The National Park Service (NPS) celebrates its 100th anniversary Aug. 25. Earlier this summer a new study put an overall value on the more than 400 national parks, monuments, scenic rivers, and historic sites in the NPS system. It asked a representative group of Americans if it was “important to me that National Parks are preserved for current and future generations whether I visit them or not.” Their reply: 94.9 percent agreed.
The survey also asked respondents to say how much extra they would be willing to pay annually in taxes over a 10-year period to ensure the existence of the national parks. The answer: $92 billion. The report went on to note that this “total economic valuation,” as economists call it, was a “conservative” estimate of the parks’ true value.
Read More: http://www.csmonitor.com/Commentary/the-monitors-view/2016/0809/The-National-Parks-at-100
So, we ask you... How much extra would you be willing to pay annually in taxes over a 10-year period to ensure the existence of the national parks?997025_1_080916NationalParks100_standard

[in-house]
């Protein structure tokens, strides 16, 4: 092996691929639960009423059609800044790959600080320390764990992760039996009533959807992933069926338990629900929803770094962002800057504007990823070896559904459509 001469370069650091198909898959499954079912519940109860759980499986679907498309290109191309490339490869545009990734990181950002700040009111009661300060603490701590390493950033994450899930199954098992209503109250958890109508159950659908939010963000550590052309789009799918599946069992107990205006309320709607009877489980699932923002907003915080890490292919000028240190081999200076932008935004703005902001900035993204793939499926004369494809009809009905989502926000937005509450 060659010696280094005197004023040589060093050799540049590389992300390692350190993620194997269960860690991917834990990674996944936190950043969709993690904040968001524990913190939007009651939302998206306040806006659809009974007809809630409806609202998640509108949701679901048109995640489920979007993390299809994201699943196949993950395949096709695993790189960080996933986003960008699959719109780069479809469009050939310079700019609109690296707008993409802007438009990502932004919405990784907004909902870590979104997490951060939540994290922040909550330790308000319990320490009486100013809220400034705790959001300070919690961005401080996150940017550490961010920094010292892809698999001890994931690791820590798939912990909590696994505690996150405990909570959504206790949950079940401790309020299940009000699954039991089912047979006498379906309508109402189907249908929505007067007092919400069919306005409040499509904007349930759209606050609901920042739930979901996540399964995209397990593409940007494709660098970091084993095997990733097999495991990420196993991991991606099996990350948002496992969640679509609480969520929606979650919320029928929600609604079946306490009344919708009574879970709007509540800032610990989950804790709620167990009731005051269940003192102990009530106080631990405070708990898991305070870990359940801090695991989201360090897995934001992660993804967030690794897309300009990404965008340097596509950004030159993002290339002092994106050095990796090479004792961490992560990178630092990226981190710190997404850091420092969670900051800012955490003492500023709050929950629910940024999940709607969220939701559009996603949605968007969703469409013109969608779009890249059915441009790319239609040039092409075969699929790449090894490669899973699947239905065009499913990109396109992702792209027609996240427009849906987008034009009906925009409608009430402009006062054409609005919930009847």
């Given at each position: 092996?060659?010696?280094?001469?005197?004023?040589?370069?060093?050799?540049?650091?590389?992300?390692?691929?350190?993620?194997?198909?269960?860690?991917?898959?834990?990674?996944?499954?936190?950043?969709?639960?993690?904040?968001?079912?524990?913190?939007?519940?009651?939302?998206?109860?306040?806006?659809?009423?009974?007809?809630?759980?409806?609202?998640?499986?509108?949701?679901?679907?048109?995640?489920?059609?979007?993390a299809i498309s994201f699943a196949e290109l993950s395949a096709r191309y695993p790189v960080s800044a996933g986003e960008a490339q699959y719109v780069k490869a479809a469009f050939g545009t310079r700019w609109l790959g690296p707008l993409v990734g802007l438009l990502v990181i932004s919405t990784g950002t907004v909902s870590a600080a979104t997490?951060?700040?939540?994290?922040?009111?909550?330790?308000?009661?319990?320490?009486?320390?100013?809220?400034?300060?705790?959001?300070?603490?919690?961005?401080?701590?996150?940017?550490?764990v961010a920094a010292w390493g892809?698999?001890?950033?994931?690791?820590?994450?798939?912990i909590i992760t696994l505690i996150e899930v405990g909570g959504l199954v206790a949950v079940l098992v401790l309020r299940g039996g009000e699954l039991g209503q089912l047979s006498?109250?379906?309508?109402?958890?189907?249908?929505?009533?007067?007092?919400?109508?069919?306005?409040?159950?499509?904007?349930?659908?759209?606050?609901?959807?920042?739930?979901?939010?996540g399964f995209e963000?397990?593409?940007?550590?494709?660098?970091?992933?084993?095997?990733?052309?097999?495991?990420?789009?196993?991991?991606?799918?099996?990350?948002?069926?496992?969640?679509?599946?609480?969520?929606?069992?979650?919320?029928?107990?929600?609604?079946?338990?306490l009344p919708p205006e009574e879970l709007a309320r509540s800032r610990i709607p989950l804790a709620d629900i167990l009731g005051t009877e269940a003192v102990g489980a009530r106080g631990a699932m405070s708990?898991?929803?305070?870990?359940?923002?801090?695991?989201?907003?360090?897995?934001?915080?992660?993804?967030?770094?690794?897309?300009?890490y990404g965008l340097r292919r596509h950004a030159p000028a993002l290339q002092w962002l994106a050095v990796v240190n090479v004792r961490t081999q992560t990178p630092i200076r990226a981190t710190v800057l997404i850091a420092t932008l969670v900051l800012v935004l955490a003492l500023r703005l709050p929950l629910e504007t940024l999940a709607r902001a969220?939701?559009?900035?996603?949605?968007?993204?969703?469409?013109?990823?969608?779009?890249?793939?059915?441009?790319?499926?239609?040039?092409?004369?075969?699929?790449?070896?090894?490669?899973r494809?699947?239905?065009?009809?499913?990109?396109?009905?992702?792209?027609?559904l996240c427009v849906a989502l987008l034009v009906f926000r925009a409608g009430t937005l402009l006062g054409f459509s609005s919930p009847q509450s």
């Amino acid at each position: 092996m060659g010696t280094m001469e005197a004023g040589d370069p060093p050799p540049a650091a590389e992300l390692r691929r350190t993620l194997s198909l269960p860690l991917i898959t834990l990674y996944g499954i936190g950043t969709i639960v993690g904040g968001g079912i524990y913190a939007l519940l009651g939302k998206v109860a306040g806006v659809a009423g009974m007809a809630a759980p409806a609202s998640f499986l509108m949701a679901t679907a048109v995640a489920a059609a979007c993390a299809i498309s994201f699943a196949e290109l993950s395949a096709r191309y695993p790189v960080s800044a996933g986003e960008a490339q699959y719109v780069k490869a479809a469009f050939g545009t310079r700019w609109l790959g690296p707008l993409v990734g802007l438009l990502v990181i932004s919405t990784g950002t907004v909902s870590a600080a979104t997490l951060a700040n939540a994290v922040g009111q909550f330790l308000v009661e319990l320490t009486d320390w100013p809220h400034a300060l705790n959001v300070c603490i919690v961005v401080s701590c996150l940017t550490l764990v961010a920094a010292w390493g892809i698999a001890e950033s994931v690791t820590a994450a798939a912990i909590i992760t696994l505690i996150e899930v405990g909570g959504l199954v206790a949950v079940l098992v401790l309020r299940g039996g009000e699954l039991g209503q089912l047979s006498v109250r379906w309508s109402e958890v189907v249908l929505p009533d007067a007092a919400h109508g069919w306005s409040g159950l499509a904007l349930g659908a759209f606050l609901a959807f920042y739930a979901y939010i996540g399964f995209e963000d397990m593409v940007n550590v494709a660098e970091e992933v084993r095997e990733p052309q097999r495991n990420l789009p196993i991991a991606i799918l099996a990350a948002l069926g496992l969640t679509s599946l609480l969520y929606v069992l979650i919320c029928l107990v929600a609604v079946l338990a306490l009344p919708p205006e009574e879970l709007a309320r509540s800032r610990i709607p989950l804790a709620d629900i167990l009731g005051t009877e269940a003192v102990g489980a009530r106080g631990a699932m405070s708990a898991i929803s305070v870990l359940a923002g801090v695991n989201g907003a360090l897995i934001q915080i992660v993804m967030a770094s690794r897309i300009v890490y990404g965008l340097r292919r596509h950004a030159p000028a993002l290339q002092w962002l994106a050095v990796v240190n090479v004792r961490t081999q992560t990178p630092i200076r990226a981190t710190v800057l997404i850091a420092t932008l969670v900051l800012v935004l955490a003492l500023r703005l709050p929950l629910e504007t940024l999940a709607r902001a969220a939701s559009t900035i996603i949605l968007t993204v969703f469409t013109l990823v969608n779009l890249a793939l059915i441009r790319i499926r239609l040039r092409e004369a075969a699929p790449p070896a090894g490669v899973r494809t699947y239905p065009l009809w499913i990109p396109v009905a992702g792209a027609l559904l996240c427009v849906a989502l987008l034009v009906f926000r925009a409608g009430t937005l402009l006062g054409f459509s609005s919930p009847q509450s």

Dramatic changes may force park managers to choose which species will live, and which will die
Today the NPS is confronting the most daunting challenge it has faced in its 100-year history: human-influenced climate change, which promises to transform not only these iconic landscapes but also the plants and animals who inhabit them. This looming threat to our nation’s parks recently attracted the attention of President Obama, who visited Yosemite National Park to speak about how climate change is damaging the parks. Without action, Obama warned, Yosemite and many other national parks could be dramatically different places 50 years hence. "Make no mistake," he said. "Climate change is no longer just a threat—it's already a reality."
Read More: http://www.smithsonianmag.com/science-nature/how-climate-change-transforming-national-parks-iconic-animals-and-plants-180960046/?no-ististock_15730182_medium_720.jpg__800x600_q85_crop